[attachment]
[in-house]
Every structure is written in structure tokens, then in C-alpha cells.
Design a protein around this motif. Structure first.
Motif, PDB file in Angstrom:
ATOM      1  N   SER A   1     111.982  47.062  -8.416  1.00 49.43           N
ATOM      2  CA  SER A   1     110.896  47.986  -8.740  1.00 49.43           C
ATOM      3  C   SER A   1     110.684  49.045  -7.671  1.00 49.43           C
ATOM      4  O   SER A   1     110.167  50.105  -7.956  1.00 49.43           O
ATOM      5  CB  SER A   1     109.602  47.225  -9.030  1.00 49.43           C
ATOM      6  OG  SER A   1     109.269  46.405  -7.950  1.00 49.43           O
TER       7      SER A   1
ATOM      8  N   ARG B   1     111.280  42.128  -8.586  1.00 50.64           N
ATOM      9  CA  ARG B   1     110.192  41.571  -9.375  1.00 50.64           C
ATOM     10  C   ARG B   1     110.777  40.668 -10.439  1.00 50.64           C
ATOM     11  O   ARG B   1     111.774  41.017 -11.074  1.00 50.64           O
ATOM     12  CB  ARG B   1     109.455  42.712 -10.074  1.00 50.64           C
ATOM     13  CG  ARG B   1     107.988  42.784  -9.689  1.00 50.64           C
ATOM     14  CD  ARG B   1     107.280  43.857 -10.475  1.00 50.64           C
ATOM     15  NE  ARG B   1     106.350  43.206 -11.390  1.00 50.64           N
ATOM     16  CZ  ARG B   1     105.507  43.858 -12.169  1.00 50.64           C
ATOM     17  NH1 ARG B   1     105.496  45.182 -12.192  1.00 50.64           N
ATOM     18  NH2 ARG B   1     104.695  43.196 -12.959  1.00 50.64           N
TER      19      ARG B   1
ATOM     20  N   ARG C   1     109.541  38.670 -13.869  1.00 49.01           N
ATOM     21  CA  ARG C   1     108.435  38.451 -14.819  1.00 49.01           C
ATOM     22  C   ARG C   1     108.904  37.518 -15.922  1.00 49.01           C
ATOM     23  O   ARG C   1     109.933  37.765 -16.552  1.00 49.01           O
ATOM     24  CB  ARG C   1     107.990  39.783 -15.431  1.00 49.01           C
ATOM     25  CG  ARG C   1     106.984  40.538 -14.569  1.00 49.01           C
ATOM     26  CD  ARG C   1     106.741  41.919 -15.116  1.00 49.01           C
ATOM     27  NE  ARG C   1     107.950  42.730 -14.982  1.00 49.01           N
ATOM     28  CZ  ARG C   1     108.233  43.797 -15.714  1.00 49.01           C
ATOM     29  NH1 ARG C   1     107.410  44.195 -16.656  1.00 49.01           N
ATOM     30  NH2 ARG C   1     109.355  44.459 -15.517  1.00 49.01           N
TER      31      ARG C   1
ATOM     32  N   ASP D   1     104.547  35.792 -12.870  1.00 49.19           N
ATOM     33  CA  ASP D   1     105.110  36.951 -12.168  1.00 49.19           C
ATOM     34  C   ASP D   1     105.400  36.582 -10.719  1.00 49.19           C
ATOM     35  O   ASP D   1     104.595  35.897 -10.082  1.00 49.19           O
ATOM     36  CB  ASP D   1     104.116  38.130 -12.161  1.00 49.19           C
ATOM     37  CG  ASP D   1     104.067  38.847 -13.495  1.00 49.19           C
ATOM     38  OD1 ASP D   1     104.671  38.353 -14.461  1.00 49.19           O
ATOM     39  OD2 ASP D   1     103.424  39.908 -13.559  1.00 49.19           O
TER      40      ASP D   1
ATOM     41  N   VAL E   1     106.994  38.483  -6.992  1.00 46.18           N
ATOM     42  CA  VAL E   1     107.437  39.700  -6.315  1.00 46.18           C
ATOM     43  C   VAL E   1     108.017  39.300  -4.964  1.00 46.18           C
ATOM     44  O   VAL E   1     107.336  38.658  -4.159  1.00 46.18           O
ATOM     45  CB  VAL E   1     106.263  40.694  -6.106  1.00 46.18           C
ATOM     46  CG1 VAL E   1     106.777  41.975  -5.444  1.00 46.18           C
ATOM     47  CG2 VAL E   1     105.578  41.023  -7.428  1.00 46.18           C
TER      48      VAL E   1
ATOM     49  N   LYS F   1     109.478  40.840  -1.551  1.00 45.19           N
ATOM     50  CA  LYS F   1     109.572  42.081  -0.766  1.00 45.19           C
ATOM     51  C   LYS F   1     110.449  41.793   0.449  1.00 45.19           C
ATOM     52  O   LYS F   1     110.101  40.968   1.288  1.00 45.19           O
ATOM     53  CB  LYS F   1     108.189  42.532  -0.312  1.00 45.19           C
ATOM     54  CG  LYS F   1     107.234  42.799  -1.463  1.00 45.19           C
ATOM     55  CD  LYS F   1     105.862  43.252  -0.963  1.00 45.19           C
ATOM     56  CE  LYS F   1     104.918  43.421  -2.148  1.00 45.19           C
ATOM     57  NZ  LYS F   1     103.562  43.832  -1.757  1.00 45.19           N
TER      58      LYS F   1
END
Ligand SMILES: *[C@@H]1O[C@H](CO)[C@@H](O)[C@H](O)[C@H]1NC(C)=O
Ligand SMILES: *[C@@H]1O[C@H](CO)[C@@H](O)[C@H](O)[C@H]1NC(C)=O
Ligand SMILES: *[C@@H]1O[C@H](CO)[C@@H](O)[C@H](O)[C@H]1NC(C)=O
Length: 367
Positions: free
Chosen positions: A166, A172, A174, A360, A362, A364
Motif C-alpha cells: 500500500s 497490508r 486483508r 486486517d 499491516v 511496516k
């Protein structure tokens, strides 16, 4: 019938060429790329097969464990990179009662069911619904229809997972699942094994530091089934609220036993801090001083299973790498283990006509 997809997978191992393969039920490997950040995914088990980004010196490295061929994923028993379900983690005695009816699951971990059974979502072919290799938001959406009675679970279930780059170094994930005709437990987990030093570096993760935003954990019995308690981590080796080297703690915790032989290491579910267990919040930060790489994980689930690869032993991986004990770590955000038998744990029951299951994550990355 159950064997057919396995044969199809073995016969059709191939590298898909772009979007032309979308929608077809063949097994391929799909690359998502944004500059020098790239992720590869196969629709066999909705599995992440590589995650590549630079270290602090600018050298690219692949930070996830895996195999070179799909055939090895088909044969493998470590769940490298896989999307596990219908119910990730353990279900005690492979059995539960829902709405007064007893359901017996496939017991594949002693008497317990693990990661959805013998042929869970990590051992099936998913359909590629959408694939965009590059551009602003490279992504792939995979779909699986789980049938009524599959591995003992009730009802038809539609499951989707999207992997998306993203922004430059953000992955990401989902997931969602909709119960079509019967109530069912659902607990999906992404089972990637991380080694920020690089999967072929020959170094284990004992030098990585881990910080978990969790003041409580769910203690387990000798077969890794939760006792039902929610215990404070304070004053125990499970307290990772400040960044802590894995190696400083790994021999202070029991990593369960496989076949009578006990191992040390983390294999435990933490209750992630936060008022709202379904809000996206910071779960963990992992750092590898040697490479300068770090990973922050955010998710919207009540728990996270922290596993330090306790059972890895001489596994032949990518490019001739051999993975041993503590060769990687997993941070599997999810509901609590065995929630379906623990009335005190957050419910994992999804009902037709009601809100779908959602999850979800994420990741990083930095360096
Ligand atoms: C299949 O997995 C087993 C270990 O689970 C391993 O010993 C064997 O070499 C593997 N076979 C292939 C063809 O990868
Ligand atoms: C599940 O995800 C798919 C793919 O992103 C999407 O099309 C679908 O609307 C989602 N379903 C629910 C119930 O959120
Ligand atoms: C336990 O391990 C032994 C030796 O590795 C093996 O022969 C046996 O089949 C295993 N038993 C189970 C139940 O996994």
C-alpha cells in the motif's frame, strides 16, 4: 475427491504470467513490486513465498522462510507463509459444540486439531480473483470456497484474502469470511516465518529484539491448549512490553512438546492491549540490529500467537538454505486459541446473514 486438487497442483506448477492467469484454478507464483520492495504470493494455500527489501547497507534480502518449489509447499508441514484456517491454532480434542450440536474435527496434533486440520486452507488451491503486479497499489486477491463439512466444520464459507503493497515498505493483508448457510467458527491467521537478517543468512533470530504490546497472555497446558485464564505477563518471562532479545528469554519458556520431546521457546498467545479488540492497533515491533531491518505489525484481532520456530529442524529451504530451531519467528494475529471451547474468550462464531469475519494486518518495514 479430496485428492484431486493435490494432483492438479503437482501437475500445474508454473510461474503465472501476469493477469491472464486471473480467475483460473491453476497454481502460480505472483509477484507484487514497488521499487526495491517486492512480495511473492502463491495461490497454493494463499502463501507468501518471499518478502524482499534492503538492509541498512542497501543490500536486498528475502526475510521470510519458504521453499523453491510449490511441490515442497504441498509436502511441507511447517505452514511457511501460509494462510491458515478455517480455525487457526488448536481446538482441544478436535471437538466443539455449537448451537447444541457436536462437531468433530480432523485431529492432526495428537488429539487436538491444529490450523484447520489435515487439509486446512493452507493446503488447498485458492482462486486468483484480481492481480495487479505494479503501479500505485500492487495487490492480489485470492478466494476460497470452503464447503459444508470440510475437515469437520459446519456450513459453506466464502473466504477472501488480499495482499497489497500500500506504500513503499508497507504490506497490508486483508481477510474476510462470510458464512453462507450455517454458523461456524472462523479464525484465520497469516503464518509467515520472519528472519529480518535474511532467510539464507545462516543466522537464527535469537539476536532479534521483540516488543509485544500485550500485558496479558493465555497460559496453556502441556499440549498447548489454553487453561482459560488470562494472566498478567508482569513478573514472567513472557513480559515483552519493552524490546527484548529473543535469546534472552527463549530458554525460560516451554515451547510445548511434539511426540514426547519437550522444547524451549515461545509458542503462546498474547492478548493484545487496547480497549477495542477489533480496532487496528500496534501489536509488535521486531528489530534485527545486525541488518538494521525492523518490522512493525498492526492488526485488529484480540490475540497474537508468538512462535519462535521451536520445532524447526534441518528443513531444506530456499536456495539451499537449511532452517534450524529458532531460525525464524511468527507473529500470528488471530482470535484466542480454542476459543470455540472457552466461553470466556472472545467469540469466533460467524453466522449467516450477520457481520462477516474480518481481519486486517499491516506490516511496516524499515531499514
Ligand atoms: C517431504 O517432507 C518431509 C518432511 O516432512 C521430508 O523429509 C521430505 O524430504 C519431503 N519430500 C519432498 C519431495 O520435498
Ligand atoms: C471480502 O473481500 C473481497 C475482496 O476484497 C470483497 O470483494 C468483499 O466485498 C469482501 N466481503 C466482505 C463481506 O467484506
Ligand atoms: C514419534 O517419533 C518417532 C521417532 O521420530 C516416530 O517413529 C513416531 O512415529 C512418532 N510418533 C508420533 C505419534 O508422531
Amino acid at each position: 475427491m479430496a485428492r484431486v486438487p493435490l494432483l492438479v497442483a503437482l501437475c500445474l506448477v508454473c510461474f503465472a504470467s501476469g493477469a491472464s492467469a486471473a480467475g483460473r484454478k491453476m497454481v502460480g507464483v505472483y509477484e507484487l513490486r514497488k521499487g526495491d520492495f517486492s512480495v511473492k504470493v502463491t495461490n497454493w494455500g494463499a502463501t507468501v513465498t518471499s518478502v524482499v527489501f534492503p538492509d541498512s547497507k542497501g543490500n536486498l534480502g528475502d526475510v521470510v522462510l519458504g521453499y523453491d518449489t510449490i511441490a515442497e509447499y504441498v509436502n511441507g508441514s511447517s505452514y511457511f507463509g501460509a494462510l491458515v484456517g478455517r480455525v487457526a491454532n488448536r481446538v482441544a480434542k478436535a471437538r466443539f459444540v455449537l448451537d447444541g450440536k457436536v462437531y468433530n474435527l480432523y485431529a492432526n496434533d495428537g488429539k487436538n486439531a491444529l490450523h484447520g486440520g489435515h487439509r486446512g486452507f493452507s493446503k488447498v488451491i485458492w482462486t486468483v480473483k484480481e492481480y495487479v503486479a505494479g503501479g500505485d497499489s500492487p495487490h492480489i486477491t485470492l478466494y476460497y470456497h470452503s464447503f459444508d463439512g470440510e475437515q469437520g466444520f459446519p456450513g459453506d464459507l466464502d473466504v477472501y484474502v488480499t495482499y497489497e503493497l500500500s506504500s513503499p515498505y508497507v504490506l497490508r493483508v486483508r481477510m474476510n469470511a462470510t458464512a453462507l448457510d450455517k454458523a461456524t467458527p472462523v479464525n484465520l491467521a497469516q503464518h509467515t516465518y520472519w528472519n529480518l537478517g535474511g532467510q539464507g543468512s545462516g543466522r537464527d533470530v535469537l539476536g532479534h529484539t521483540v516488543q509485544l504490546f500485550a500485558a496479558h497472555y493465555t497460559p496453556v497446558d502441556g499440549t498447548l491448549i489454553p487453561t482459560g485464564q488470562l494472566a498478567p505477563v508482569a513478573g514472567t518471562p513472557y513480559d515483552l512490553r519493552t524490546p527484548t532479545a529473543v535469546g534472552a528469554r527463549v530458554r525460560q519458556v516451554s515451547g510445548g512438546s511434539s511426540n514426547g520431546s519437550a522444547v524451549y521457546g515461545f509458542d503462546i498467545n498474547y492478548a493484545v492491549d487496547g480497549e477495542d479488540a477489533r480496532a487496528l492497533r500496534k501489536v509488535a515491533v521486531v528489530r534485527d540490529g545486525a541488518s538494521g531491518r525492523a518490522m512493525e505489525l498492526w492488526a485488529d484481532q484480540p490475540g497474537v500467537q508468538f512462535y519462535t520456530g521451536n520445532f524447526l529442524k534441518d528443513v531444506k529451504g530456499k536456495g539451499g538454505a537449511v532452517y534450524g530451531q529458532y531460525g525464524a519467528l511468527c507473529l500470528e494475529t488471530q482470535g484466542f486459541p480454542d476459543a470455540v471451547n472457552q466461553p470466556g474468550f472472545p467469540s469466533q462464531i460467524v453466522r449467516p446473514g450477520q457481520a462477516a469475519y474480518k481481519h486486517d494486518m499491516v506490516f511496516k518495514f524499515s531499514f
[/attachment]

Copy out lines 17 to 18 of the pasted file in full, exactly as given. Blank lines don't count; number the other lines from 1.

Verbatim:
ATOM     13  CG  ARG B   1     107.988  42.784  -9.689  1.00 50.64           C
ATOM     14  CD  ARG B   1     107.280  43.857 -10.475  1.00 50.64           C